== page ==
The question of whether or not to employ competency-based teaching in civics education is debatable. Generally, competency-based education is more suitable for subjects that focus on concrete skills. Because civics topics are often abstract concepts, it’s sometimes difficult to measure specific achievement in the subject.
Since the late 19th century, the Carnegie Unit has been the customary standard for most civics education programs in the United States. On the surface, this seems logical, as much of civics education involves classroom discussion. Traditionally, learning through contact with the teacher and other students was only possible within the classroom. With contemporary instruction, however, a virtual classroom setting is made possible through technology.
The recent results of one national standardized test indicate that only around 25 percent of high school seniors tested proficiently in civics. Judging from these results, it shouldn’t be surprising that voter turnout among young adults between the ages of 18 and 24 is so low. A lack of understanding of civics and the political process more than likely contributes to their apathy. Clearly, if the Carnegie Unit method bears some blame for the low test scores, an alternative teaching method must be considered.
At least two groups of students can likely benefit from competency-based education:
1. Those who find learning challenging
2. Gifted students
In a competency-based education program, the student who finds learning difficult is allowed to work on one single unit at a time until they master it before they move on to a more complex unit. They needn’t fear falling behind or feeling lost as they might in a group of students with varying learning abilities.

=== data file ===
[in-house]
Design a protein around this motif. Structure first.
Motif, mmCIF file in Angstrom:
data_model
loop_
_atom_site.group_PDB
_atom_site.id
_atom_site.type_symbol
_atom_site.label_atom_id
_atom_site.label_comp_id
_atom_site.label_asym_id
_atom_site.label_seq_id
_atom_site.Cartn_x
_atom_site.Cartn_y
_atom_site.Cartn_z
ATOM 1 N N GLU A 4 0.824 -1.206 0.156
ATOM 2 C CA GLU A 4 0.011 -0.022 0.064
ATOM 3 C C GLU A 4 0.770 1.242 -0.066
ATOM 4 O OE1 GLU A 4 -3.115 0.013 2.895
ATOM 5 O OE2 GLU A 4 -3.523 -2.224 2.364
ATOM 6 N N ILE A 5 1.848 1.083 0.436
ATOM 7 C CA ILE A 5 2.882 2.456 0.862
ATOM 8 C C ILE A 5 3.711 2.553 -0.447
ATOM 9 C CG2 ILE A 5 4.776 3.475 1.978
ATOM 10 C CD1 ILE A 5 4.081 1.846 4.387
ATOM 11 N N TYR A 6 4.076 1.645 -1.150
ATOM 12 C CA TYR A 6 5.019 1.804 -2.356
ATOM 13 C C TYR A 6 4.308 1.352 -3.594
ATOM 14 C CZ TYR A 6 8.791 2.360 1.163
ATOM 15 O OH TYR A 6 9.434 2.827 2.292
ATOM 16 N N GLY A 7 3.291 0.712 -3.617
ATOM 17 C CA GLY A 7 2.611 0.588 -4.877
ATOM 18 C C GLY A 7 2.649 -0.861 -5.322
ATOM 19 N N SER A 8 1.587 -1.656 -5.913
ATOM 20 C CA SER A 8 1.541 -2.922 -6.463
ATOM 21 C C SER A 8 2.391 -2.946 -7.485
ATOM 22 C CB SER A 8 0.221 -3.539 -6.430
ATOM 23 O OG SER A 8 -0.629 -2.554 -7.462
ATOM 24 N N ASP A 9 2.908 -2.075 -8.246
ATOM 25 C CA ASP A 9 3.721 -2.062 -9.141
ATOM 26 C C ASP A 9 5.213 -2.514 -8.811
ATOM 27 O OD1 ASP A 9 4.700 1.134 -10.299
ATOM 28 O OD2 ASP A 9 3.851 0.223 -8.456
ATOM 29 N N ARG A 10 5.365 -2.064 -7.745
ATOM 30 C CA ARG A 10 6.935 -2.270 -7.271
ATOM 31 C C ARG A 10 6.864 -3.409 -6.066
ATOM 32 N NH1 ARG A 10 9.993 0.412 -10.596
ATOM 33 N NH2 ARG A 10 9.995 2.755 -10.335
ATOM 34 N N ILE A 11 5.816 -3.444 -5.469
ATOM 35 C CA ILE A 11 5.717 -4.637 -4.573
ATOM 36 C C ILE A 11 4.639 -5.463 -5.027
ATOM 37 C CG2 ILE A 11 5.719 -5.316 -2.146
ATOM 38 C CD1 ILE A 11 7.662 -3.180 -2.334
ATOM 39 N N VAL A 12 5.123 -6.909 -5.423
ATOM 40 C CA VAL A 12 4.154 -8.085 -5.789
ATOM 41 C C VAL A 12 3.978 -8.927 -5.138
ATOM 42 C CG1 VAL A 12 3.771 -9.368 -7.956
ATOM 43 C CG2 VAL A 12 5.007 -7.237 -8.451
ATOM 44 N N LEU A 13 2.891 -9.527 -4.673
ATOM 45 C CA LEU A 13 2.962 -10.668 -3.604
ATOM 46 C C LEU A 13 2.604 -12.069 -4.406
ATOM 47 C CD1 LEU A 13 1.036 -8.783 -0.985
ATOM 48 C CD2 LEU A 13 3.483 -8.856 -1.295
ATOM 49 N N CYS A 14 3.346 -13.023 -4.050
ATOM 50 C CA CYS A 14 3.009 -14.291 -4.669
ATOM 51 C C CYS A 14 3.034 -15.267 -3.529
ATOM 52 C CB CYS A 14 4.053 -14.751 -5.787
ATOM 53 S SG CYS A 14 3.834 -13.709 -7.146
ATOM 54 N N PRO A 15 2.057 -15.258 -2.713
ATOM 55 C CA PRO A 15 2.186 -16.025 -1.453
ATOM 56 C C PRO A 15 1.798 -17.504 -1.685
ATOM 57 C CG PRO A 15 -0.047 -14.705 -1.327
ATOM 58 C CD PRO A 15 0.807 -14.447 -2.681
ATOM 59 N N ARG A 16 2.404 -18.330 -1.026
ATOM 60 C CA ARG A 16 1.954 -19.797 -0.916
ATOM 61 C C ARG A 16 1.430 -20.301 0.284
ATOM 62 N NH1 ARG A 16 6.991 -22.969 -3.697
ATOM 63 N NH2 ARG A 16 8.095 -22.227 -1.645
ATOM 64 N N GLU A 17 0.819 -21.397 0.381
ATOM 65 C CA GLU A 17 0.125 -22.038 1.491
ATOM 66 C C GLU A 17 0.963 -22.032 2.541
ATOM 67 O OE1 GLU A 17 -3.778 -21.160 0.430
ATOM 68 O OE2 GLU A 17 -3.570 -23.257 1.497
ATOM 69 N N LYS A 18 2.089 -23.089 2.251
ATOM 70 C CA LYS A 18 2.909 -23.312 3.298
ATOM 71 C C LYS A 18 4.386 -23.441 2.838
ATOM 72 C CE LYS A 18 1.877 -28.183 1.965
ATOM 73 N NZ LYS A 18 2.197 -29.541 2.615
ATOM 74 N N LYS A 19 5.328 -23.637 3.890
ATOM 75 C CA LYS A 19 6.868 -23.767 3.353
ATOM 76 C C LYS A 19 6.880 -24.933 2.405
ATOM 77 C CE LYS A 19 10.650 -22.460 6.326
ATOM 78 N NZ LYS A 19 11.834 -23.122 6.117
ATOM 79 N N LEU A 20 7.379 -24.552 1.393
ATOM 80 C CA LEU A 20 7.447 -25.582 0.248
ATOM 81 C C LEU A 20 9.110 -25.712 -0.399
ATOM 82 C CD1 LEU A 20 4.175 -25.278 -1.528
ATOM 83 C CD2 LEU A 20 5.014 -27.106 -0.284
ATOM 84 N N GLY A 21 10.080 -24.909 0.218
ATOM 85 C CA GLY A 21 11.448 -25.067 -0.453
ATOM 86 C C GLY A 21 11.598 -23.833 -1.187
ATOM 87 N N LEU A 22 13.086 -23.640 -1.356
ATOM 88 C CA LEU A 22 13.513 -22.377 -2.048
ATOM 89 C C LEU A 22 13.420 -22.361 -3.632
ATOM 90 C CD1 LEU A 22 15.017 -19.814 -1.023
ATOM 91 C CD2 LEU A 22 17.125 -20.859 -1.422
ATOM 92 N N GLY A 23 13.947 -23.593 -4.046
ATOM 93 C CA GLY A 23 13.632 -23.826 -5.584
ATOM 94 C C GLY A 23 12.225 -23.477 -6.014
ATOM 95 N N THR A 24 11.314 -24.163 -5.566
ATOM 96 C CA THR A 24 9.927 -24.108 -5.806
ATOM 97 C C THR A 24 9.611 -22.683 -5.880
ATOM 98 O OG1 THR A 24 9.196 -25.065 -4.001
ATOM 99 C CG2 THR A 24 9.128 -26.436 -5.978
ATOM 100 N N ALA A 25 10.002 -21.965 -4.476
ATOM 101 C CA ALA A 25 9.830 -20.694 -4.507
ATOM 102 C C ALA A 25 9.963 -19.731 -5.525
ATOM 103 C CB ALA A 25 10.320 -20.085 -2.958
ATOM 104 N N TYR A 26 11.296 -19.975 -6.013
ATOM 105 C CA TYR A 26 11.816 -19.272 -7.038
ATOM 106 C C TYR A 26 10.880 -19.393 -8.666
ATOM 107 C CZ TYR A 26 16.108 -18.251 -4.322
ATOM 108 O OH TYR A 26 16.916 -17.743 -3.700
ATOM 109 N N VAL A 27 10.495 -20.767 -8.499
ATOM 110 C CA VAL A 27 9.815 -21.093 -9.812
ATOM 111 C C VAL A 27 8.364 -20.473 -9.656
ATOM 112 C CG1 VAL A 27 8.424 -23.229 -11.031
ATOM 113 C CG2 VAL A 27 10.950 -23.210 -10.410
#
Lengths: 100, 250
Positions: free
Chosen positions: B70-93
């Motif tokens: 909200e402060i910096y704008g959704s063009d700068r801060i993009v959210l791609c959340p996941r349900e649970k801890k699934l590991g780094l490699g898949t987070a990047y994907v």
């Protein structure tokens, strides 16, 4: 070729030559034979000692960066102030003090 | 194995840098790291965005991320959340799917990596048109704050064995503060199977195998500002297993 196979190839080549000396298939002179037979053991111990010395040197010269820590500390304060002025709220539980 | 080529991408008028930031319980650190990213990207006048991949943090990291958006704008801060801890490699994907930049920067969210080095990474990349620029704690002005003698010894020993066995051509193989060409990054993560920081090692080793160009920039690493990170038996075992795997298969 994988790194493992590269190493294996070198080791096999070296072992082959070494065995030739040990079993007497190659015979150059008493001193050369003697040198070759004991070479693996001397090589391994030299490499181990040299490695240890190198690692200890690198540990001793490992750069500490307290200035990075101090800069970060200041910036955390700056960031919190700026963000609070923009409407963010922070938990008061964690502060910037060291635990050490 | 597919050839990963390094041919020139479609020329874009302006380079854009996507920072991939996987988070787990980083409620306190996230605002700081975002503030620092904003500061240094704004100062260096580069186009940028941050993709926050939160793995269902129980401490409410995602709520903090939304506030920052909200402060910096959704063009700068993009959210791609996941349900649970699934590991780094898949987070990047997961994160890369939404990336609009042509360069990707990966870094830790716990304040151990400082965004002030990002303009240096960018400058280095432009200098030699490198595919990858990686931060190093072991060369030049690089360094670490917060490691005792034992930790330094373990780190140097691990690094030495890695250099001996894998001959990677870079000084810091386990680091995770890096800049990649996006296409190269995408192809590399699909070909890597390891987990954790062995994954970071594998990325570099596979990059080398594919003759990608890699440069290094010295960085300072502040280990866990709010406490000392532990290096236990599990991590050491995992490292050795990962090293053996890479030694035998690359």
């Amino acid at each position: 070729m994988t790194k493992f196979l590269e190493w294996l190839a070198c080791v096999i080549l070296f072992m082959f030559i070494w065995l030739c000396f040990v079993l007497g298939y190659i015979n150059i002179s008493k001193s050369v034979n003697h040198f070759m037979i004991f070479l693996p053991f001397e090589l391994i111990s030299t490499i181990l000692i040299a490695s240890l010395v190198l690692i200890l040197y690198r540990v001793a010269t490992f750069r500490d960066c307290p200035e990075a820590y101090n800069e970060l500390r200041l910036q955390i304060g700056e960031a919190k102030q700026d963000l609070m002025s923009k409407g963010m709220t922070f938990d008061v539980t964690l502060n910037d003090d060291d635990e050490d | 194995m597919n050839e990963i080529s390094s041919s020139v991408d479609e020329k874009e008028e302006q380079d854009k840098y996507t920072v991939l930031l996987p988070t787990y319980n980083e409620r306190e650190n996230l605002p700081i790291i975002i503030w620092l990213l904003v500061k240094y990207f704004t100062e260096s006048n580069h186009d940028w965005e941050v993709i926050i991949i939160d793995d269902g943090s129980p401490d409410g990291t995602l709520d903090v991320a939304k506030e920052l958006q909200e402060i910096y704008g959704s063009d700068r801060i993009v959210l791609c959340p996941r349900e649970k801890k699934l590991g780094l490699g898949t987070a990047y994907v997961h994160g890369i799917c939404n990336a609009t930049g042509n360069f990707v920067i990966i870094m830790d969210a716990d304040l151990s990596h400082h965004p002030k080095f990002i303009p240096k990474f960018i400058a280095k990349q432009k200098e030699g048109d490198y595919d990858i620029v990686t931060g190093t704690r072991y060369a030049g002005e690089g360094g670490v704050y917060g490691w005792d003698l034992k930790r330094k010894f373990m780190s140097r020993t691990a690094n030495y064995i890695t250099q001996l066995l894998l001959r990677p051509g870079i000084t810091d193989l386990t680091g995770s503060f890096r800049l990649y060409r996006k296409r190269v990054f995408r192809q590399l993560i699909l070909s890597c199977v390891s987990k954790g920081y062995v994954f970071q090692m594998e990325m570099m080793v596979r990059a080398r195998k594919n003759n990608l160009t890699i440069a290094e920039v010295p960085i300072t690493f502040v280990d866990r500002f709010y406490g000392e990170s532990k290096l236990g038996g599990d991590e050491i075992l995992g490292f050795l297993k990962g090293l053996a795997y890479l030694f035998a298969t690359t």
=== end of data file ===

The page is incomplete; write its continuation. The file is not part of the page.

Equally, the gifted student can work at their own accelerated pace and even have the opportunity to test out of units they have already mastered. Competency-based learning frees the gifted student from the boredom experienced when sharing a classroom with “average” students.
The middle and junior high school are levels where competency-based civics education could be highly productive. These are the grade levels when students are presented with many facts; such as names, places and dates. This doesn’t mean that senior high students don’t also learn facts, but by this stage students are taught more abstract concepts that are often illuminated by useful classroom discussion.
An excellent measure of civics proficiency is the civics portion of the U.S. Naturalization test, which every immigrant who wishes to become a naturalized U.S. citizen must pass. It only seems reasonable that natural-born U.S. citizens should be as proficient in U.S. civics as naturalized citizens must be. Whether the teaching method is the Carnegie Unit or competency based, ideally every U.S. K-12 program would be designed with the goal of requiring seniors to pass the naturalization test as one condition for receiving their high school diploma.